Dialogue

Vocabulary

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Lesson Transcript

INTRODUCTION
Sam: Hello, I’m Sam and welcome back to FrenchPod101.com. This is the seventeenth lesson of the beginner series in FrenchPod101.com. Today’s lesson is “Is this a Monday?”
Celine: Oui. Est-ce que c’est un lundi? Bonjour c’est Celine.
Christophe: Merci. Bonjour c’est Chistophe.
Sam: So guys, is this a Monday?
Celine: Non ce n’est pas un lundi c’est un mercredi.
Sam: It’s a Wednesday.
Celine: Oui.
Sam: No problem.
Celine: Pas de problème.
Sam: This conversation takes place during the afternoon between Zachary and Alice and they’re talking about days of the week.
Celine: Yeah. And today’s conversation, today is Monday.
Sam: Oh, yeah.
Celine: n’est-ce pas?
Sam: I think so. Today is Monday, it’s a happy day.
Celine: Allez c’est parti.
Sam: Okay, let’s go.

Lesson conversation

Lazy Zacharie: Oh, c’est lundi, aujourd’hui!
Wiz Alice: Oui lundi. Et demain mardi, et après-demain mercredi!
Lazy Zacharie: Puis jeudi et vendredi.
Wiz Alice: Bravo Zacharie ! Et le week-end, samedi et dimanche.
Lazy Zacharie: Oh, oh
Sam: One more time, slowly.
Female: Encore une fois lentement.
Male: Quelqu’un arrive.
Lazy Zacharie: Oh, c’est lundi, aujourd’hui!
Wiz Alice: Oui lundi. Et demain mardi, et après-demain mercredi!
Lazy Zacharie: Puis jeudi et vendredi.
Wiz Alice: Bravo Zacharie! Et le week-end, samedi et dimanche.
Lazy Zacharie: Oh, oh quelqu’un arrive!
Sam: One more time with the English.
Female: Encore une fois avec l’anglais.
Lazy Zacharie: Oh, c’est lundi, aujourd’hui! “Oh, it’s Monday today.”
Wiz Alice: Oui lundi. Et demain mardi, et après-demain mercredi! “Yes, it’s Monday. And tomorrow—Tuesday, and after tomorrow—Wednesday!”
Lazy Zacharie: Puis jeudi et vendredi. “Then, Thursday and Friday.”
Wiz Alice: Bravo Zacharie ! Et le week-end, samedi et dimanche. “Bravo, Zacharie! And the weekend—Saturday and Sunday!”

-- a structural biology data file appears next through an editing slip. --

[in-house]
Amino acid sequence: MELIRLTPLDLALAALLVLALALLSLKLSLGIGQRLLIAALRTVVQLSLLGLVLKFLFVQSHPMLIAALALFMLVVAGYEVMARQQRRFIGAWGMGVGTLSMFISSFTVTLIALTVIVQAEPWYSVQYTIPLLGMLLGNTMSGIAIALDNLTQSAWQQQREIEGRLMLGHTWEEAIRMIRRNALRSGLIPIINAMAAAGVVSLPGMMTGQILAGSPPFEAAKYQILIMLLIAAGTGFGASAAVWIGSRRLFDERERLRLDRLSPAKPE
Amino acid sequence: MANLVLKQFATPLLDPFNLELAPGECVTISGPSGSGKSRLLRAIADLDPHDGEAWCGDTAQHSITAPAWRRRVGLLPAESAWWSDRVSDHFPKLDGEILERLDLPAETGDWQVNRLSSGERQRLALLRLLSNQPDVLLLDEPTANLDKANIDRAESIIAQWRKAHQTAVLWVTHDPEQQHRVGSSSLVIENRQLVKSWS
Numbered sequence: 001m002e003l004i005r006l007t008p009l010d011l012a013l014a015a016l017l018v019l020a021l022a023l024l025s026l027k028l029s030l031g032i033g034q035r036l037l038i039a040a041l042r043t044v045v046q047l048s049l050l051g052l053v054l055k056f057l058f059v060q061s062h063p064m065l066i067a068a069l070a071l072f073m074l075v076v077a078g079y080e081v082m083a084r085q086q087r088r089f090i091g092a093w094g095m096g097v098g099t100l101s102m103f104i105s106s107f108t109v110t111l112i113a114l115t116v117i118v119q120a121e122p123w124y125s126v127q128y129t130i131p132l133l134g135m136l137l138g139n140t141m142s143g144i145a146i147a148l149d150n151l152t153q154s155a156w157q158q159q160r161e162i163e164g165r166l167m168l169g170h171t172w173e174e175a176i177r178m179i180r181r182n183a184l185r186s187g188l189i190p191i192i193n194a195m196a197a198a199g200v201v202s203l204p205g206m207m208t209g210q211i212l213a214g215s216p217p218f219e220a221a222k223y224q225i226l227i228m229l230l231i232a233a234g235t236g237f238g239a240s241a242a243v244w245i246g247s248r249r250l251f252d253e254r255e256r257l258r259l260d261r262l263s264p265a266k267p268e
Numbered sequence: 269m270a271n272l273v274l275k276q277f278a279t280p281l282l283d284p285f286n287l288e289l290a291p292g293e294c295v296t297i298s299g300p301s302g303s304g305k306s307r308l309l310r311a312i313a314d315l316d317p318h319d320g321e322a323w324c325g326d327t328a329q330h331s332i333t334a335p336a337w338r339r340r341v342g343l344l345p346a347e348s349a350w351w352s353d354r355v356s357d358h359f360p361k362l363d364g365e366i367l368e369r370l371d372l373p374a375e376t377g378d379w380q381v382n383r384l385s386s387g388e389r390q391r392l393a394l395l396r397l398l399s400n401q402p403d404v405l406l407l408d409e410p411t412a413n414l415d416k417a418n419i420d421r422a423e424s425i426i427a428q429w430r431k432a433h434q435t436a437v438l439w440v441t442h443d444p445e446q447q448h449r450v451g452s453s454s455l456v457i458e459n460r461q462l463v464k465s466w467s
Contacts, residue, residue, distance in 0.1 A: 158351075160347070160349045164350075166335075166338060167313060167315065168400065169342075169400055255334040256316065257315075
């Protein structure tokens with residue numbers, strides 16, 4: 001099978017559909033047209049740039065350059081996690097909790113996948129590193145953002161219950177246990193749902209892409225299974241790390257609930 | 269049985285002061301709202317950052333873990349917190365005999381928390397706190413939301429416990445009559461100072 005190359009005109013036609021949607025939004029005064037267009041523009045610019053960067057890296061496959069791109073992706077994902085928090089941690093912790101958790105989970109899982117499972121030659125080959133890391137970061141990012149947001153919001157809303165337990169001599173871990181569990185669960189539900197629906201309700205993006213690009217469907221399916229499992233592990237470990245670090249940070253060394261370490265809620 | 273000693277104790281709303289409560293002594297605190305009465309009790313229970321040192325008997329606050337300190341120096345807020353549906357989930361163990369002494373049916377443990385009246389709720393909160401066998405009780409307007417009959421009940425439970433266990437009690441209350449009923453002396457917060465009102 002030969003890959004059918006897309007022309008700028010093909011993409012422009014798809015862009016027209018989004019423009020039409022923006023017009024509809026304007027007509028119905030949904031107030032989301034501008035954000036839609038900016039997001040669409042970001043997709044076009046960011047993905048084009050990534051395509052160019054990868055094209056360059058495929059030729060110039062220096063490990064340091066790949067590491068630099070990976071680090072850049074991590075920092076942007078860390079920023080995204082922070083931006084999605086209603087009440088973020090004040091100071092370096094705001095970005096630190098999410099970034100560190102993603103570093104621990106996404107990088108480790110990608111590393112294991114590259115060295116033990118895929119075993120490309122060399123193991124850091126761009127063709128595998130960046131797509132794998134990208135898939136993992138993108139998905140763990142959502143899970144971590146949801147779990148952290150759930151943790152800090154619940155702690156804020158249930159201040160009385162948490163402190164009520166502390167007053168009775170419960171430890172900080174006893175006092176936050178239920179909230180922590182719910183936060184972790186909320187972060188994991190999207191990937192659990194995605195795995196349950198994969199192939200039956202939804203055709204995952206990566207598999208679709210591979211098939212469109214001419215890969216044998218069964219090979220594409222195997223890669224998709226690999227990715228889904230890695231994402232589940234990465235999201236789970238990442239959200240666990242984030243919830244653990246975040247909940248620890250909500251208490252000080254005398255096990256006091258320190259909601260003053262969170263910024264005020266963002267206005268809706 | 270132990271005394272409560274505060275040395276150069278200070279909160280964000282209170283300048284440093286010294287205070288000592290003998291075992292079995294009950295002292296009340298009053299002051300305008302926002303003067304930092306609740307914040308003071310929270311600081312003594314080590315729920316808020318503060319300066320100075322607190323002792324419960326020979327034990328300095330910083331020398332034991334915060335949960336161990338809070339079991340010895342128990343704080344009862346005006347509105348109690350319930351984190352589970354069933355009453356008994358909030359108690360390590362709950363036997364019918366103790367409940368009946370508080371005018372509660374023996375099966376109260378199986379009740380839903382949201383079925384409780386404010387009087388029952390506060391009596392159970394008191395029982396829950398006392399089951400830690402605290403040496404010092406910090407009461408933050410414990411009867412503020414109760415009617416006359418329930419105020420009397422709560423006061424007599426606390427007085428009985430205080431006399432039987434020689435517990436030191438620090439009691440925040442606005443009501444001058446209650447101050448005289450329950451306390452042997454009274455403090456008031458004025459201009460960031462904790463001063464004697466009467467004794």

Lazy Zacharie: Oh, oh quelqu’un arrive! “Oh, oh, someone’s coming!”
POST CONVERSATION BANTER
Sam: Hi guys, I have a question for you.
Celine: Oui.
Christophe: oui Sam.
Sam: So there are several holidays in the calendar. Have you ever mistakenly gone to school on a holiday and found that no one is at school?
Celine: Maybe once, une fois.
Sam: How did you feel?
Celine: Happy! Really happy.
Christophe: Happy to go to school?
Celine: No, no, happy to not to go to school. I mean, it’s okay.
Sam: But weren’t you disappointed there are no lessons that day?
Celine: No. Jamais. Tu plaisantes. Okay. But for example, on Mondays, you have to know this is really useful. On Mondays in France, banks are closed. So you should just go on Friday morning because Saturday, Sunday, and Monday, everything is closed.
Sam: So go to the ATM before Saturday.
Celine: No, ATM is okay. ATM is open but just banks.
Sam: Banking service.
Celine: Oui banking service. I think that some head dressers and also restaurants.
Sam: Closed on Monday.
Celine: Oui some of them.
VOCAB LIST
Sam: Now let’s look at the vocabulary and phrases from this lesson. The first item is…
Celine: Demain [natural native speed].
Sam: Tomorrow.
Celine: Demain [slowly - broken down by syllable]. Demain [natural native speed].
Sam: Next…
Christophe: Mercredi.
Sam: Wednesday.
Christophe: Mercredi. [slowly - broken down by syllable] Mercredi. [natural native speed]
Sam: Next…
Celine: Après-demain [natural native speed].
Sam: The day after tomorrow.
Celine: Après-demain [slowly - broken down by syllable]. Après-demain [natural native speed]..
Sam: Next…
Christophe: Puis [natural native speed].
Sam: Then.
Christophe: Puis [slowly - broken down by syllable]. Puis [natural native speed].
Sam: Next…
Celine: Jeudi.
Sam: Tuesday.
Celine: Jeudi. [slowly - broken down by syllable] Jeudi. [natural native speed]
Sam: Next…
Christophe: Vendredi.
Sam: Friday.
Christophe: Vendredi. [slowly - broken down by syllable] Vendredi. [natural native speed]
Sam: Next…
Celine: Samedi.
Sam: Saturday.
Celine: Samedi. [slowly - broken down by syllable] Samedi. [natural native speed]
Sam: Next…
Christophe: Dimanche.
Sam: Sunday.